• Incorrect operations metrics in history - 0.6.0 reported an incorrect number of rows processed during Update and Delete. This is fixed in 0.6.1.

Credits
Alan Jin, Jose Torres, Rahul Mahadev, Tathagata Das

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We are excited to announce the release of Delta Lake 0.6.0, which introduces schema evolution and performance improvements in merge, and operation metrics in table history. The key features in this release are:

  • Support for schema evolution in merge operations (#170) - You can now automatically evolve the schema of the top-level columns of a Delta table with the merge operation. This is useful in scenarios where you want to upsert change data into a table and the schema of the data changes over time. Instead of detecting and applying schema changes before upserting, merge can simultaneously evolve the schema and upsert the changes. See the documentation for details.

  • Improved merge performance with automatic repartitioning (#349) - When merging into partitioned tables, you can choose to automatically repartition the data by the partition columns before writing to the table. In cases where the merge operation on a partitioned table is slow because it generates too many small files (#345), enabling automatic repartition can improve performance. See the documentation for details.

  • Improved performance when there is no insert clause (#342) - You can now get better performance in a merge operation if it does not have any insert clause.

  • Operation metrics in DESCRIBE HISTORY (#312) - You can now see operation metrics (for example, number of files and rows changed) for all writes, updates, and deletes on a Delta table in the table history. See the documentation for details.

  • Support for reading Delta tables from any file system (#347) - You can now read Delta tables on any storage system with a Hadoop FileSystem implementation. However, writing to Delta tables still requires configuring a LogStore implementation that gives the necessary guarantees on the storage system. See the documentation for details.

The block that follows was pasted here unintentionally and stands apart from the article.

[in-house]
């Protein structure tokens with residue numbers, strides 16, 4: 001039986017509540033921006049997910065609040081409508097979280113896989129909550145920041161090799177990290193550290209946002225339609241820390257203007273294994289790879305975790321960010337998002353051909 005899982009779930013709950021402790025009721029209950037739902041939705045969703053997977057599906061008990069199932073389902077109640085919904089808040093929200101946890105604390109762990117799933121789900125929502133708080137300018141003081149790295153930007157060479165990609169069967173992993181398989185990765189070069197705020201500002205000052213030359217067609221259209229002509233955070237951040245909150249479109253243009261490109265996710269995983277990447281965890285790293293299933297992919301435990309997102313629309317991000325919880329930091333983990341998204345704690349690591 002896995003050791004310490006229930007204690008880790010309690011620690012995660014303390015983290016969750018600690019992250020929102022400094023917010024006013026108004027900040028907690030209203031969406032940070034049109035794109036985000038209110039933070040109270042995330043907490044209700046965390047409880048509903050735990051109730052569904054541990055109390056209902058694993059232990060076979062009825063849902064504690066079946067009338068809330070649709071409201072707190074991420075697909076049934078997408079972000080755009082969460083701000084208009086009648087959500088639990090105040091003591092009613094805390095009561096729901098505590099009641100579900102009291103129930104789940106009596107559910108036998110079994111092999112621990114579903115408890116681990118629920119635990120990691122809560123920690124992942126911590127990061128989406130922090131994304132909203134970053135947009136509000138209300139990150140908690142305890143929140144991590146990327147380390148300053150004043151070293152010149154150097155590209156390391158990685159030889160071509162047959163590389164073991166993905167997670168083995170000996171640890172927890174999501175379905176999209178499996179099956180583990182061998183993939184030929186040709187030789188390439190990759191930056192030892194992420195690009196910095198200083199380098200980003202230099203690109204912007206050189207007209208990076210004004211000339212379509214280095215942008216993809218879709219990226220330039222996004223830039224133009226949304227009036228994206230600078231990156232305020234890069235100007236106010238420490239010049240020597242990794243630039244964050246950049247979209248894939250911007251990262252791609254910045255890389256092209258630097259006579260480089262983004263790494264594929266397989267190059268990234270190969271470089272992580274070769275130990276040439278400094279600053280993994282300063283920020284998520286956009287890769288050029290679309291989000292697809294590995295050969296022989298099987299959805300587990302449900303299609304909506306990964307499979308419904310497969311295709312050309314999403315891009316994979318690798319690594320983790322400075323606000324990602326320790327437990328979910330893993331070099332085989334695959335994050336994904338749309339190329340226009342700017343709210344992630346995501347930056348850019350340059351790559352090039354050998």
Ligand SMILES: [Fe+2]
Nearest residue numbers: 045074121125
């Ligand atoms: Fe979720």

Credits

Ali Afroozeh, Andrew Fogarty, Anurag870, Burak Yavuz, Erik LaBianca, Gengliang Wang, IonutBoicuAms, Jakub Orłowski, Jose Torres, KevinKarlBob, Michael Armbrust, Pranav Anand, Rahul Govind, Rahul Mahadev, Shixiong Zhu, Steve Suh, Tathagata Das, Timothy Zhang, Tom van Bussel, Wesley Hoffman, Xiao Li, chet, Eugene Koifman, Herman van Hovell, hongdd, lswyyy, lys0716, Mahmoud Mahdi, Maryann Xue

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We are excited to announce the release of Delta Lake 0.5.0, which introduces Presto/Athena support and improved concurrency. The key features in this release are:

  • Support for other processing engines using manifest files (#76) - You can now query Delta tables from Presto and Amazon Athena using manifest files, which you can generate using Scala, Java, Python and SQL APIs. See the documentation for details. 

  • Improved concurrency for all Delta Lake operations (#9, #72, #228) - You can now run more Delta Lake operations concurrently. Delta Lake’s optimistic concurrency control has been improved by making conflict detection more fine-grained. This makes it easier to run complex workflows on Delta tables. For example:

    • Running deletes (e.g. for GDPR compliance) concurrently on older partitions while newer partitions are being appended.
    • Running updates and merges concurrently on disjoint sets of partitions.
    • Running file compactions concurrently with appends (see below).

    See the documentation on concurrency control for more details.

  • Improved support for file compaction (#146) - You can now compact files by rewriting them with the DataFrameWriter option dataChange set to false. This option allows a compaction operation to run concurrently with other batch and streaming operations. See this example in the documentation for details.